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The Stigmatized 5, part 2: Community, death, and life

By my count, the four stigmatized Winter Haven schools, plus McLaughlin in Lake Wales, have had a total of 18 principals since 2012, when my incumbent opponent took office. Feel free to count for yourself if you want to verify. I’ve posted below the report the district sent me. It’s what death looks like for learning community leadership. It’s what happens when your state Department of Education and Legislature fancy themselves executioners, not partners. It’s what happens when your local School Board imports a band of incompetent mercenaries chased out of Jacksonville to carry out the state’s sentences — and then fails to pay any attention at all to what they were doing. But let me tell you something else. Below the high paid failure of leadership, there is life at these schools. There is human commitment. I’m going to get to it in a second. The vital importance of community and belief But first, please read this excerpt from a recent article in The Atlantic. The article itself boils down the findings of a book called Helping Children Succeed by Paul Tough. I urge you to read the full article if you can. It focuses, with admirable honesty, on the difficulties of teaching non-affluent children, particularly those suffering from the stresses that come with non-affluence. It’s a complex series of research findings and arguments. But this is a key point: What makes a student persevere in any given classroom on any given day? Farrington’s answer is that it depends on his academic mind-set: the attitudes and self-perceptions and mental representations that are bouncing around inside his head. That mind-set is the product of countless environmental forces, but research done by Carol S. Dweck, a Stanford psychologist, and others has shown that teachers can have an enormous impact on their students’ mind-sets, often without knowing it. Messages that teachers convey—large and small, explicit and implicit—affect the way students feel in the classroom, and thus the way they behave there. Farrington has distilled this voluminous mind-set research into four key beliefs that, when embraced by students, seem to contribute most significantly to their tendency to persevere in the classroom: 1. I belong in this academic community. 2. My ability and competence grow with my effort. 3. I can succeed at this. 4. This work has value for me. If students hold these beliefs in mind as they are sitting in math class,...

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My opponent is wrong: Jacque Bowen won’t be missed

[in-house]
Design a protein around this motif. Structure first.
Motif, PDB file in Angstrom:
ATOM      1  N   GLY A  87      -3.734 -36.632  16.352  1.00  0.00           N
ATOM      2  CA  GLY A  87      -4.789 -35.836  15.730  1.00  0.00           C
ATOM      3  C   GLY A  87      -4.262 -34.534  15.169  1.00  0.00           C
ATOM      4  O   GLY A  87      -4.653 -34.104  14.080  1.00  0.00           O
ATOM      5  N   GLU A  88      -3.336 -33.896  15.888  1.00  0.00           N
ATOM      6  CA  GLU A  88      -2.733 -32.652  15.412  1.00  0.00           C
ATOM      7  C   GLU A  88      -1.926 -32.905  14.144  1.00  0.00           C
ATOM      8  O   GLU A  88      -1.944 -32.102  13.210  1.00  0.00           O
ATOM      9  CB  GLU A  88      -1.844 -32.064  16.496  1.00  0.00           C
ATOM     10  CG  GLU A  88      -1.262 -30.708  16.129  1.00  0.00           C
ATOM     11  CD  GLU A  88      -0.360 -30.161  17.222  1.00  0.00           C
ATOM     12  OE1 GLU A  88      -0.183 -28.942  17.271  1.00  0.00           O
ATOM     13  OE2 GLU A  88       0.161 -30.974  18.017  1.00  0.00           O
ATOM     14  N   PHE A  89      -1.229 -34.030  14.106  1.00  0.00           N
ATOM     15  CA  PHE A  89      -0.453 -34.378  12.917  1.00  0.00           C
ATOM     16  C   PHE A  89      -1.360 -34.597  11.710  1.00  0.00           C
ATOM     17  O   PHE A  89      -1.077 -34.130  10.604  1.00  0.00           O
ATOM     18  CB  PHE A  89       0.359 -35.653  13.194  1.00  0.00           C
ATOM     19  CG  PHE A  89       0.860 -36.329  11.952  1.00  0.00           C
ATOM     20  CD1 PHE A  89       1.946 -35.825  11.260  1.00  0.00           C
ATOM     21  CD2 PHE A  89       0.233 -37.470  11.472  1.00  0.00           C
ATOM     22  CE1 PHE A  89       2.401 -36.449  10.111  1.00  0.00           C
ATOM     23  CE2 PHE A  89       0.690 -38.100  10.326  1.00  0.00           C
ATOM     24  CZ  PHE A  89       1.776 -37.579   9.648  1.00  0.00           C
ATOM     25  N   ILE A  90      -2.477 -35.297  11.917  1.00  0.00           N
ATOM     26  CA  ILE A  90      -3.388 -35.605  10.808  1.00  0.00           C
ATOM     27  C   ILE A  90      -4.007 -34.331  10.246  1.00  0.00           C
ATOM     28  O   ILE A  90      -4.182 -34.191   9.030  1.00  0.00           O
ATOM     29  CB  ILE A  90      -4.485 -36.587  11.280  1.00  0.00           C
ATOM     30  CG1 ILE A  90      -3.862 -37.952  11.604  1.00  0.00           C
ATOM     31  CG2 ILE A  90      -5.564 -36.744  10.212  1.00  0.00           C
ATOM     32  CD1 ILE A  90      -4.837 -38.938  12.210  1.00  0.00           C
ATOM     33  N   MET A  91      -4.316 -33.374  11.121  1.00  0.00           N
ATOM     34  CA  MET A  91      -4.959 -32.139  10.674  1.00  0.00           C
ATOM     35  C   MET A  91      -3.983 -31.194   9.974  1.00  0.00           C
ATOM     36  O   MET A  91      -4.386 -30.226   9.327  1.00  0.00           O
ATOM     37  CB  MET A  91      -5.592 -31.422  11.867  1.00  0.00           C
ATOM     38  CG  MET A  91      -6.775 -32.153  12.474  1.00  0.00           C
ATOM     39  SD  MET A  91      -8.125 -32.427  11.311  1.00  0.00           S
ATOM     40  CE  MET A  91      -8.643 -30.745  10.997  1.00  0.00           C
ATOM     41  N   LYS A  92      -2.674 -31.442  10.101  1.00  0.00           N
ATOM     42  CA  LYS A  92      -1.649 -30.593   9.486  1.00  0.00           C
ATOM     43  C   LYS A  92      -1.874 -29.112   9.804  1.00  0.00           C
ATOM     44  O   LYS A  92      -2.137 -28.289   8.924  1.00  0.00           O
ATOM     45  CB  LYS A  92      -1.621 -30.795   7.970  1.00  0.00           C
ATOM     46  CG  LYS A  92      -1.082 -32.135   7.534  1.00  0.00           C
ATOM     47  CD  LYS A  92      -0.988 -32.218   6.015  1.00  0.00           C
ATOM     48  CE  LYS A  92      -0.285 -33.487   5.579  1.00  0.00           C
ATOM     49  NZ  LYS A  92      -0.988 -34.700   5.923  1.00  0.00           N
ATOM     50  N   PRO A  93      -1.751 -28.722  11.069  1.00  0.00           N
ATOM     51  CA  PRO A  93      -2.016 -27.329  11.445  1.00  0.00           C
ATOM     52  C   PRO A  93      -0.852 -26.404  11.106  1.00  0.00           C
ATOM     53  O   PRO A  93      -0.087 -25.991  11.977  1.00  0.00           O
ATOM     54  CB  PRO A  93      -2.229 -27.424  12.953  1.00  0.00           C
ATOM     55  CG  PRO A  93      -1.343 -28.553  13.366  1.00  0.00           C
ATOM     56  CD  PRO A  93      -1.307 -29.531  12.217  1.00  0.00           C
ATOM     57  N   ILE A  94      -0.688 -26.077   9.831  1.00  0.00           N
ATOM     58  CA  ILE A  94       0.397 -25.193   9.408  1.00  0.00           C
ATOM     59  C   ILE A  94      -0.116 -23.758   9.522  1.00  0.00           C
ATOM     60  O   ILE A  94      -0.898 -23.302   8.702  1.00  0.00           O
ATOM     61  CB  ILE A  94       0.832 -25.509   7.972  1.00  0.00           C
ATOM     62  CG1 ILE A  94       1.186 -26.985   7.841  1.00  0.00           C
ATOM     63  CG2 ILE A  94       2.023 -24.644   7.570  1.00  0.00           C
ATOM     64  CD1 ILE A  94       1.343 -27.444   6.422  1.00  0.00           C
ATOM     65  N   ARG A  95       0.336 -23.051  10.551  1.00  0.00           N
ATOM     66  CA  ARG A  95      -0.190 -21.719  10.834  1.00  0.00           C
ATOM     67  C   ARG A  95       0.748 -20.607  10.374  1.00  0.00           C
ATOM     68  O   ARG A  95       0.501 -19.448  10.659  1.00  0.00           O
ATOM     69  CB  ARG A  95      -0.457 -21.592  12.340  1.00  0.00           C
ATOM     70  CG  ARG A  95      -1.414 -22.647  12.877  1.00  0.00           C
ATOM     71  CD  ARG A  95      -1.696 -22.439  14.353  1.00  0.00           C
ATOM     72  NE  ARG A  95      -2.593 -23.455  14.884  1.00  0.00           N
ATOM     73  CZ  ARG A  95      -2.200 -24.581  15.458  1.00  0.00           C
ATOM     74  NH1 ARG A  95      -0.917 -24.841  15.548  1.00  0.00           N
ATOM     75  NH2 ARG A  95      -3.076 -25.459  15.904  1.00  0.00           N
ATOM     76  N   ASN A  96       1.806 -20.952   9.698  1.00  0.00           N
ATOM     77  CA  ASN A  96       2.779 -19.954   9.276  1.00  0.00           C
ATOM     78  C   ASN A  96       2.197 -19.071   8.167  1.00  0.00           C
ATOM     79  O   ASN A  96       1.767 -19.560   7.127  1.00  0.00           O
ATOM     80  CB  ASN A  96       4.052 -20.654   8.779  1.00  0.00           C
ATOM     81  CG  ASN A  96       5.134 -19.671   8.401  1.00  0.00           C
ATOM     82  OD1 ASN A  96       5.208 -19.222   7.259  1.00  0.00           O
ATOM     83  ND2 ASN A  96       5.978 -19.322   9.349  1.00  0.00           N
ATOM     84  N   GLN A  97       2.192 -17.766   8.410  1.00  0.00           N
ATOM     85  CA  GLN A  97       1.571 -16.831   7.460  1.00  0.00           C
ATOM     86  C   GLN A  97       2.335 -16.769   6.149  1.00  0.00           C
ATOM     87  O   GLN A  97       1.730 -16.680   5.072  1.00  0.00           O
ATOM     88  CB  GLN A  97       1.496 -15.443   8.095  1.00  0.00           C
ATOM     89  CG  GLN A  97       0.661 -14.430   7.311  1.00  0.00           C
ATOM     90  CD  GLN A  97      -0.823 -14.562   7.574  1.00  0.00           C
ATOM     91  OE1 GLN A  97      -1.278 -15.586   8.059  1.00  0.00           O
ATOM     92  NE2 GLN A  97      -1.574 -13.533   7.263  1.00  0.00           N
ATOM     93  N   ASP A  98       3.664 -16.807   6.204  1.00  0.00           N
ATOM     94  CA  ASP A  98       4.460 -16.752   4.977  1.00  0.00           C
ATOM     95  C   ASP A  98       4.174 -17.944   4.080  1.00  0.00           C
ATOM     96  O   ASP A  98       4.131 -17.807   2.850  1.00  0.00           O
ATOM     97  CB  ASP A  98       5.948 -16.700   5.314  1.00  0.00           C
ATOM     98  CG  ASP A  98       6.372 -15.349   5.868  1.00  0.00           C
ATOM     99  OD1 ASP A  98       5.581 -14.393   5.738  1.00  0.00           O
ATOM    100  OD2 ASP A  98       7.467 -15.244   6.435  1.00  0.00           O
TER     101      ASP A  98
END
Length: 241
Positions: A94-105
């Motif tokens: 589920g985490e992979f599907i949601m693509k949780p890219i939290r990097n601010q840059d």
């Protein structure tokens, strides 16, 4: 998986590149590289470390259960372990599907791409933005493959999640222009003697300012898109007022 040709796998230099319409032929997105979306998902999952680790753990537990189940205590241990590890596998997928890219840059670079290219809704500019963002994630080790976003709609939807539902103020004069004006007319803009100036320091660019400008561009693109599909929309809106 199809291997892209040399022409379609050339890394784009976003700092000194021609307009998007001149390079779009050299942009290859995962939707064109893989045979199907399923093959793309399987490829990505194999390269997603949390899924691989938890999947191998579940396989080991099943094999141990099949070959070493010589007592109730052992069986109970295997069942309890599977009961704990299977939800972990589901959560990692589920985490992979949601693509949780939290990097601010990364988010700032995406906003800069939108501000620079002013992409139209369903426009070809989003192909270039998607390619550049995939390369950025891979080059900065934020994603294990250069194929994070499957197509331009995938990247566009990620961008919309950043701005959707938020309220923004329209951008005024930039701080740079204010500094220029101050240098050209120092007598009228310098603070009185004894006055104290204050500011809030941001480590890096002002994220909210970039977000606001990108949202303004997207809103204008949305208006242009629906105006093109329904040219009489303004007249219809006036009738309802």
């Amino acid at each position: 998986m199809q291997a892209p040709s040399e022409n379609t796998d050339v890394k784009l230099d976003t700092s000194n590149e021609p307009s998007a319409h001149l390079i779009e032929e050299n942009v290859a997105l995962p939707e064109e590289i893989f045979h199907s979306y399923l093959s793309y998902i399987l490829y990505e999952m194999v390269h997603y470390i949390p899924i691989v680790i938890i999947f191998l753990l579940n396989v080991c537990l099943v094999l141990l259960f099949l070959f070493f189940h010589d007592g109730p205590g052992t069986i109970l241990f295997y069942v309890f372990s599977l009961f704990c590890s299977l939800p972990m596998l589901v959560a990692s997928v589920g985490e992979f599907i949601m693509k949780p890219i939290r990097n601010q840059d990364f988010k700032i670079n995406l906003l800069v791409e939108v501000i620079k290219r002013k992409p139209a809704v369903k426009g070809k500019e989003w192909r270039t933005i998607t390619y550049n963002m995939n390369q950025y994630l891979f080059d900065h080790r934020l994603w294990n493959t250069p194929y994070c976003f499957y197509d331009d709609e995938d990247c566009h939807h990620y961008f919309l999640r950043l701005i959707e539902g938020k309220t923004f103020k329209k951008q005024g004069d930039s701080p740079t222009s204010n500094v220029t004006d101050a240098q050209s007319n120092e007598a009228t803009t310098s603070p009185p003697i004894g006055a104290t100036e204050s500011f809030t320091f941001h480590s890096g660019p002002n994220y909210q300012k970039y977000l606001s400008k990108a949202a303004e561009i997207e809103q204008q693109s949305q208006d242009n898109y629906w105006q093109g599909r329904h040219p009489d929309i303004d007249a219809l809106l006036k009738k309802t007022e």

Jacque Bowen was not an asset to this school system. I have discussed the performance of Polk’s outgoing Chief Academic Officer with in an incredibly diverse array of local stakeholder and activist groups, teachers, principals, and parents. Not one person openly praised her. They were and are numbingly consistent in their critique of her. All one needs to do is ask them. To outside stakeholders/parents etc., Bowen was good at saying what they wanted to hear and being encouraging. And then nothing would happen. Inside stakeholders described her academic leadership approach as a combination of conflicting mandates, inflexibility, vindictiveness, and scattershot communication. The absurd and punishing testing and assessment regime in Polk County, which even Hunt Berryman now officially recognizes as a problem, was ultimately her responsibility. Heather Wright answered to Jacque Bowen, as near as I can tell. However, Hunt Berryman apparently hasn’t talked to any of the hundreds of people I’ve talked to who have interests in the School District he oversees. Because he had this to say about Bowen: “Jacque, in my opinion, is one of the most knowledgeable people I’ve run across in the field of academics,” Board member Hunt Berryman said. “She understands the mechanics of education and what we need to improve. “Any time you lose a key person like that, it’s a hole to fill,” he added. “It’s hard to lose good people.” I disagree — because I know the consensus of the people who really had to work with her and for her. She won’t be missed. In fact, I don’t know that we need fill that $130K job at all. (I’ll follow up on that at a different time.) Let’s talk about consensus I bring up this word “consensus” for a reason. I’ll come to it in just a second. But first, as I told you would happen, the Lakeland Chamber’s Business Voice PAC endorsed my incumbent opponent. They knew it when I walked in. I knew it when I walked in. It was even funnier than I expected. I think there were seven interviewers. Of those, at least three had personally written 3-digit checks with squiggly numbers in front to my opponent. And as I wrote earlier: And Bank of Central Florida, which Berryman helped create, is one of five “major investors” in the Lakeland Chamber. Business Voice is not ever going to choose my campaign over one of [the Chamber’s]...